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Let $S$ be a fixed integer satisfying $S \ge 1$, let $a$ range over the integers between $1$ and $S$ inclusive, and for $i = 1, \dotsc, a$, let each $x_i$ range over the nonnegative integers, such that the $x_1 + \dotsc + x_a = S$ will be a partition of $S$.

Consider the discrete, constrained optimization problem defined by: $$f(a; S) = \max\limits_{\{ x_i\}}\Bigl[ \ln\big( \prod\limits_{i = 1}^{a} x_i \bigr) \colon \;\sum\limits_i^{a} x_i = S \Bigr]$$

It is straightforward to determine the explicit value of $f(a; S)$ in terms of the floor $\lfloor \tfrac{S}{a} \rfloor$. Basically, the $x_i$ have to be as uniform as possible while remaining positive integers summing to $S$.

Intuition and numerical evidence suggest that $f(a;S)$ is discretely concave with respect to $a$, in the sense that $$ f(a; S) \ge \tfrac{1}{2} f(a-1; S) + \tfrac{1}{2} f(a+1; S) $$ for all integers $a$ in the range $1 < a <S$.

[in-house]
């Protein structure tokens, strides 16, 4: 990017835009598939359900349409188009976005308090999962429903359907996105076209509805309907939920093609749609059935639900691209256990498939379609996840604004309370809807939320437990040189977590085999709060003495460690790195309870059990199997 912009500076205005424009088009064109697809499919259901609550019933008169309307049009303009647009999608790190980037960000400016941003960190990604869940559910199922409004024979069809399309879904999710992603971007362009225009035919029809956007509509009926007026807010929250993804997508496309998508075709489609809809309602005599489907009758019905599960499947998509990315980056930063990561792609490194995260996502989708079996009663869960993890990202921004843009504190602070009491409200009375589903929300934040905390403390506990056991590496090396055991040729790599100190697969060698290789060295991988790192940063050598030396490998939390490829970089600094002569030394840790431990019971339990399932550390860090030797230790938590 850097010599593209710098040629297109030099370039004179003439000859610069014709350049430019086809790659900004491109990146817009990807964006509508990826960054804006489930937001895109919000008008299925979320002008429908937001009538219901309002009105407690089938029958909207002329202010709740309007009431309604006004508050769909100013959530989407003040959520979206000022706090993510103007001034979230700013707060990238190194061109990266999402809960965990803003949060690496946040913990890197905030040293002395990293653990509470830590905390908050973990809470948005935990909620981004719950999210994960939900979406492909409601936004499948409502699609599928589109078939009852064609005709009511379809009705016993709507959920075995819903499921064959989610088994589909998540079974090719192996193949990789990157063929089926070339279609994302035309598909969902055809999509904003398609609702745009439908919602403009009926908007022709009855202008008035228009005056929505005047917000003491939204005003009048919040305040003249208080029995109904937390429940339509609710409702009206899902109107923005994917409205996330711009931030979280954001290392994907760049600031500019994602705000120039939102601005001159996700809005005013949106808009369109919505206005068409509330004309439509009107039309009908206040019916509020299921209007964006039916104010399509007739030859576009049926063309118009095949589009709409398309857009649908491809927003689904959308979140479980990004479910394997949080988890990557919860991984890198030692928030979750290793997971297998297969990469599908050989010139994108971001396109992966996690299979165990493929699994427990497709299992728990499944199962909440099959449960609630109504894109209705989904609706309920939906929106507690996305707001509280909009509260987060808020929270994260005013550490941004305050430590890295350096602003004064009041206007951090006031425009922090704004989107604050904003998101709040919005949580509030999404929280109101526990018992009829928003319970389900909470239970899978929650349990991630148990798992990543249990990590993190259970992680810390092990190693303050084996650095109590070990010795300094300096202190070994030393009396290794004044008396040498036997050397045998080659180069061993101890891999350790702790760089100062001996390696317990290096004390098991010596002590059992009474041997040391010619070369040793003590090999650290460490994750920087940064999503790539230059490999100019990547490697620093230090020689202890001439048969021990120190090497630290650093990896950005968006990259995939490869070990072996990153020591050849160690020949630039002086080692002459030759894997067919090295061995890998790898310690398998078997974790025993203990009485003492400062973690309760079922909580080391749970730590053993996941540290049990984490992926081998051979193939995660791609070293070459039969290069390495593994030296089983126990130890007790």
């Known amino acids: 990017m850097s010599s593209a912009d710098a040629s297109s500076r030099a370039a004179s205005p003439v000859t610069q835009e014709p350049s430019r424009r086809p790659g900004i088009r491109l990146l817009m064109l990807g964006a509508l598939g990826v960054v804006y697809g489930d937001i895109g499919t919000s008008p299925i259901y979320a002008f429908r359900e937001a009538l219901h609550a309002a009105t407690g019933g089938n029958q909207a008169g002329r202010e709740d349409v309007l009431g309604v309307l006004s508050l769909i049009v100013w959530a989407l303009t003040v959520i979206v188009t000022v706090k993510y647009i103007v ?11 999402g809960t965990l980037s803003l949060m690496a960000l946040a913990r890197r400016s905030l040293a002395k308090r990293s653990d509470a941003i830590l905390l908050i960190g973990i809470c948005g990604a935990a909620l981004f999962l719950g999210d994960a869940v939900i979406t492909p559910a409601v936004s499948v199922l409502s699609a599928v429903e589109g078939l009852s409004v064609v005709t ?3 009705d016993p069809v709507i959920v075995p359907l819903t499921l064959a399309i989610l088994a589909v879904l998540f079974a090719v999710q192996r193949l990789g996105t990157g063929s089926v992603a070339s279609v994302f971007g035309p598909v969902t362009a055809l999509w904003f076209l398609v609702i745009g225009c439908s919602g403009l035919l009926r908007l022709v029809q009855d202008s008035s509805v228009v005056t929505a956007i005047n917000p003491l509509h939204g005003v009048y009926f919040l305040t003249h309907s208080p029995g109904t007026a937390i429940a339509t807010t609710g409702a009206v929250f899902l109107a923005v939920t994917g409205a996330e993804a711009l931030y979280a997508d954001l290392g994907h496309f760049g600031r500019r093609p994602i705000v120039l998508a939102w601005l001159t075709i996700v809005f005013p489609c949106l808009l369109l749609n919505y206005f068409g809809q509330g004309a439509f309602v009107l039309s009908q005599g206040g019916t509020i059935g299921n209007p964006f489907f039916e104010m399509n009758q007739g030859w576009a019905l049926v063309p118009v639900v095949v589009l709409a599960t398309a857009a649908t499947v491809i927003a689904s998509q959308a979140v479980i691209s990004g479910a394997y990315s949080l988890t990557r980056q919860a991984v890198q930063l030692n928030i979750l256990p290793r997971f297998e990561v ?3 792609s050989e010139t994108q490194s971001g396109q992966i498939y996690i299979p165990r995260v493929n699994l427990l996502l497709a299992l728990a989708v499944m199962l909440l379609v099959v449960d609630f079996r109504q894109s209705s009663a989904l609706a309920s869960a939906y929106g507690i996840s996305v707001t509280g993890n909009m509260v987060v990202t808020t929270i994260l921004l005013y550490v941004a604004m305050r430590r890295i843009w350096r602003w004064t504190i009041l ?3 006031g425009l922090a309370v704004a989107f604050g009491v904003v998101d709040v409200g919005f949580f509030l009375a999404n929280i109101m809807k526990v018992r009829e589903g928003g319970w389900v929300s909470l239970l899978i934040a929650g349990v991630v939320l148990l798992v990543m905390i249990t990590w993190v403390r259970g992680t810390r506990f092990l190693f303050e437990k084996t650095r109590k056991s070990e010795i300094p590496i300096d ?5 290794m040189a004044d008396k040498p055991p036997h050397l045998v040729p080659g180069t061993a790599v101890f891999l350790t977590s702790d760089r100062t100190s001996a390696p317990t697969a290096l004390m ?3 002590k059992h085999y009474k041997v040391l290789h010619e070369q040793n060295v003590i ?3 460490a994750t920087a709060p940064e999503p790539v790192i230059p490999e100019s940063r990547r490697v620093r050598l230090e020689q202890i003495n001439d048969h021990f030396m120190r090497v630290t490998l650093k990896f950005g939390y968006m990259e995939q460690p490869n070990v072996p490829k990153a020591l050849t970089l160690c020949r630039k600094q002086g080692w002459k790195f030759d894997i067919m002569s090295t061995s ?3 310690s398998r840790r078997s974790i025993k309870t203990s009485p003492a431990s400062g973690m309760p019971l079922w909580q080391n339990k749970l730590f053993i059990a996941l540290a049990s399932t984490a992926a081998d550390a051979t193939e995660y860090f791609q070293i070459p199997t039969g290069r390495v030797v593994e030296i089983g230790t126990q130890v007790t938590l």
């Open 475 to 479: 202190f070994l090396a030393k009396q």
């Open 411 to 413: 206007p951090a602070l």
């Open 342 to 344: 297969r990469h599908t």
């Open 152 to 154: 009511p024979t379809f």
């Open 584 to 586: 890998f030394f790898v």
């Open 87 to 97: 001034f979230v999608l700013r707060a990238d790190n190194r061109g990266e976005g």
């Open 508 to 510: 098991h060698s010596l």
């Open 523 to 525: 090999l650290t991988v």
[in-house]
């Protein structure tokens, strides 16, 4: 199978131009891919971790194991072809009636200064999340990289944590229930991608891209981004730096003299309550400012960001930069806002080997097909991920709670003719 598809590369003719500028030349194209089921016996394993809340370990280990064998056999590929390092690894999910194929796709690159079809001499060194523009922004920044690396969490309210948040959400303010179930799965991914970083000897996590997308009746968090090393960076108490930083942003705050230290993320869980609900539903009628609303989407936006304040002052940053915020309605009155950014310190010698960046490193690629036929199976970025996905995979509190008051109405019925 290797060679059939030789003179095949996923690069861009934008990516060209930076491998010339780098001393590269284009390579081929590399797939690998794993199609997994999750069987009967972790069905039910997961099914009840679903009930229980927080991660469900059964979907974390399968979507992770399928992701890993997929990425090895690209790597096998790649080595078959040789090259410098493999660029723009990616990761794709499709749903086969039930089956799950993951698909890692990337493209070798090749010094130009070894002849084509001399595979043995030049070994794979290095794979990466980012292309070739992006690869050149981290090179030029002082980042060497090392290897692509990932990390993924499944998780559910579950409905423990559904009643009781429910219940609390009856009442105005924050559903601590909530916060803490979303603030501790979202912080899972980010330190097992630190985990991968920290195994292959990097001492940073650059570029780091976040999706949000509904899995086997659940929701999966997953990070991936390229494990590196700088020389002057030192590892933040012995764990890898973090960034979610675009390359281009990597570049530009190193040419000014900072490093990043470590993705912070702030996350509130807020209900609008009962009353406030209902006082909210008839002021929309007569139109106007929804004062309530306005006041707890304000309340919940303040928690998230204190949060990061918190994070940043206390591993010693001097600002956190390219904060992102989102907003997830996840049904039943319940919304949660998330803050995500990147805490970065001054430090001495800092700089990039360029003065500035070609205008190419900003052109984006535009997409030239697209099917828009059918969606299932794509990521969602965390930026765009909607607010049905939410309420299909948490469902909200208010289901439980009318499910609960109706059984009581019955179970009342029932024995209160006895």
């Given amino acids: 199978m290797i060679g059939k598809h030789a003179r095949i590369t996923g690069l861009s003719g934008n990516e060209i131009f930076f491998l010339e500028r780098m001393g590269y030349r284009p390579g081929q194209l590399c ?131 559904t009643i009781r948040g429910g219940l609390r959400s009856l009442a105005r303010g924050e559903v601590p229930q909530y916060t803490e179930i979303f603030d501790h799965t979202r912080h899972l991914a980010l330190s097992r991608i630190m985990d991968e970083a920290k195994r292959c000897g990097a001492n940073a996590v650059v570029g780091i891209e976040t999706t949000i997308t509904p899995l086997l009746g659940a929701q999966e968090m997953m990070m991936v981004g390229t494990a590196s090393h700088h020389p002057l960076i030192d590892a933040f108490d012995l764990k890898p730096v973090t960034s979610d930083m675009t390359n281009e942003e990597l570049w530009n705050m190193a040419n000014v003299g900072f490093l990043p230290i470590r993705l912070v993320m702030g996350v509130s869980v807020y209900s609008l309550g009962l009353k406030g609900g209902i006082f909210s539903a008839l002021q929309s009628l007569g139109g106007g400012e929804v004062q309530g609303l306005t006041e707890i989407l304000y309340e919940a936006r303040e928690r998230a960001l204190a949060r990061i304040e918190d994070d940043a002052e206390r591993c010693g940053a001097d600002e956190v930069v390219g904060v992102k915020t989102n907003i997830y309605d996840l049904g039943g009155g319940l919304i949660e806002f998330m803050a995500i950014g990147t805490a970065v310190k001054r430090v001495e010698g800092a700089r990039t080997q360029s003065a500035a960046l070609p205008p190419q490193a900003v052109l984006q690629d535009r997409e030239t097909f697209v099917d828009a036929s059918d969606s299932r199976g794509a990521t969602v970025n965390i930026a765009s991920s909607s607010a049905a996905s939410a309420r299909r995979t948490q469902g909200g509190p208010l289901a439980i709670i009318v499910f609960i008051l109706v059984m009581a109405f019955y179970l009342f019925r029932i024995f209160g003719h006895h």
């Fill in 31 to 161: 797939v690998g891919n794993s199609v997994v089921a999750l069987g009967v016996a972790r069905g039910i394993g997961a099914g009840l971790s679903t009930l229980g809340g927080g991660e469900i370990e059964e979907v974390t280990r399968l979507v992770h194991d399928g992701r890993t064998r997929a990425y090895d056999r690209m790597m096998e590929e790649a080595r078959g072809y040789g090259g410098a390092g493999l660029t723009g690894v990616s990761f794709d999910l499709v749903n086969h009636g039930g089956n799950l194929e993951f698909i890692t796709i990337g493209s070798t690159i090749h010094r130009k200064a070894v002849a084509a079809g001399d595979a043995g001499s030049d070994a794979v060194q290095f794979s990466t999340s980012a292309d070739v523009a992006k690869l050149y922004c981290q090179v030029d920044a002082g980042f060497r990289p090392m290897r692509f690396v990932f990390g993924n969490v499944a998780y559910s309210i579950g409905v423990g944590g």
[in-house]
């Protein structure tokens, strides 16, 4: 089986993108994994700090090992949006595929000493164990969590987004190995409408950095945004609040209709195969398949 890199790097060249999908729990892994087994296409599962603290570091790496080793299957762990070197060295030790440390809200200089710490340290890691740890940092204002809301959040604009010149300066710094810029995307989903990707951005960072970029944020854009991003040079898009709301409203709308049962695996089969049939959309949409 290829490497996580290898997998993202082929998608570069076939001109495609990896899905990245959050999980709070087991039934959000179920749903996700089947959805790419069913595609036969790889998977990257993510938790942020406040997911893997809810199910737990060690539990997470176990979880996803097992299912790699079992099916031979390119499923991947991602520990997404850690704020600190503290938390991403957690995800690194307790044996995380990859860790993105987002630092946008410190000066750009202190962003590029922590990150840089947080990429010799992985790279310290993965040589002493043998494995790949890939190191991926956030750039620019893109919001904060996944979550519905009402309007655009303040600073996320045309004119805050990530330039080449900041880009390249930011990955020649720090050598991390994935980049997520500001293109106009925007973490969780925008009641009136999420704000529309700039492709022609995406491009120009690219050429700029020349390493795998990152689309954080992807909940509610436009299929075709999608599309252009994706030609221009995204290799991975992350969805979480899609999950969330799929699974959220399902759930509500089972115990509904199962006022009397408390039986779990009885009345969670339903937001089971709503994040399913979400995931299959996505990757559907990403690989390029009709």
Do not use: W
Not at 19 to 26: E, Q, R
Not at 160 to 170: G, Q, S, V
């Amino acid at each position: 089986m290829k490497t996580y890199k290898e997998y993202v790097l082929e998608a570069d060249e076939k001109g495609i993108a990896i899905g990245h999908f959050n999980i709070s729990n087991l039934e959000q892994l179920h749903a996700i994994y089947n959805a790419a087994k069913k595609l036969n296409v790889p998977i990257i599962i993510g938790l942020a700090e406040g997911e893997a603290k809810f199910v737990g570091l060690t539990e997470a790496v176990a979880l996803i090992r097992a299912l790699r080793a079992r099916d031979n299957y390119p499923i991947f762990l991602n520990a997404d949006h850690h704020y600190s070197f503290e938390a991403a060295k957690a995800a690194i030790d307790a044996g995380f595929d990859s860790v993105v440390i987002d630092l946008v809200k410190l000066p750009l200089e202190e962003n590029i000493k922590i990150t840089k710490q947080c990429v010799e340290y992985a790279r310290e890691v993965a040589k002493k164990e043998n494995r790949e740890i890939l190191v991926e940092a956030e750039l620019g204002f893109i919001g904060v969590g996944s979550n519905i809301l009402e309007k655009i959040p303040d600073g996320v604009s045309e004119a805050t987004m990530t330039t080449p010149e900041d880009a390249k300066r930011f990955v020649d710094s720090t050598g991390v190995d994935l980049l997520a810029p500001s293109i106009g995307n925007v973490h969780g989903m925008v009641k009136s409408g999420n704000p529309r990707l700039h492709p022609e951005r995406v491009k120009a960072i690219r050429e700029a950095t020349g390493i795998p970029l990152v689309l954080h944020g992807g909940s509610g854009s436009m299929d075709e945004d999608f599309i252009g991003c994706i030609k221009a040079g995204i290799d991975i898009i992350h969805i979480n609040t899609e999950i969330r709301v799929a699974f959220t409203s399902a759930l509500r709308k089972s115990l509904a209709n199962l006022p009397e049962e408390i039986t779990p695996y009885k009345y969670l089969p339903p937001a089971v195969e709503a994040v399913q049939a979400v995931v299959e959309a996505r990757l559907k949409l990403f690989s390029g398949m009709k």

Can anyone suggest a simple proof of this fact? It is easy to show via Jensen's inequality that $f(a; S)$ lies below the concave function $a \ln (S/a)$, but that of course is not enough. Induction on $S$ does not appear terribly promising.

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No sooner did I submit this than I realized that there is indeed a simple answer:

Note that $f(2a; 2S) = 2 f(a;S)$. But by writing $2S = S + S$ and partitioning one $S$ into a sum of $(a-1)$ terms and the other into a sum of $(a+1)$ terms, because $f(2a,2S)$ is defined as an optimum, we see that $f(2a, 2S) \ge f(a-1, S) + f(a+1, S)$.

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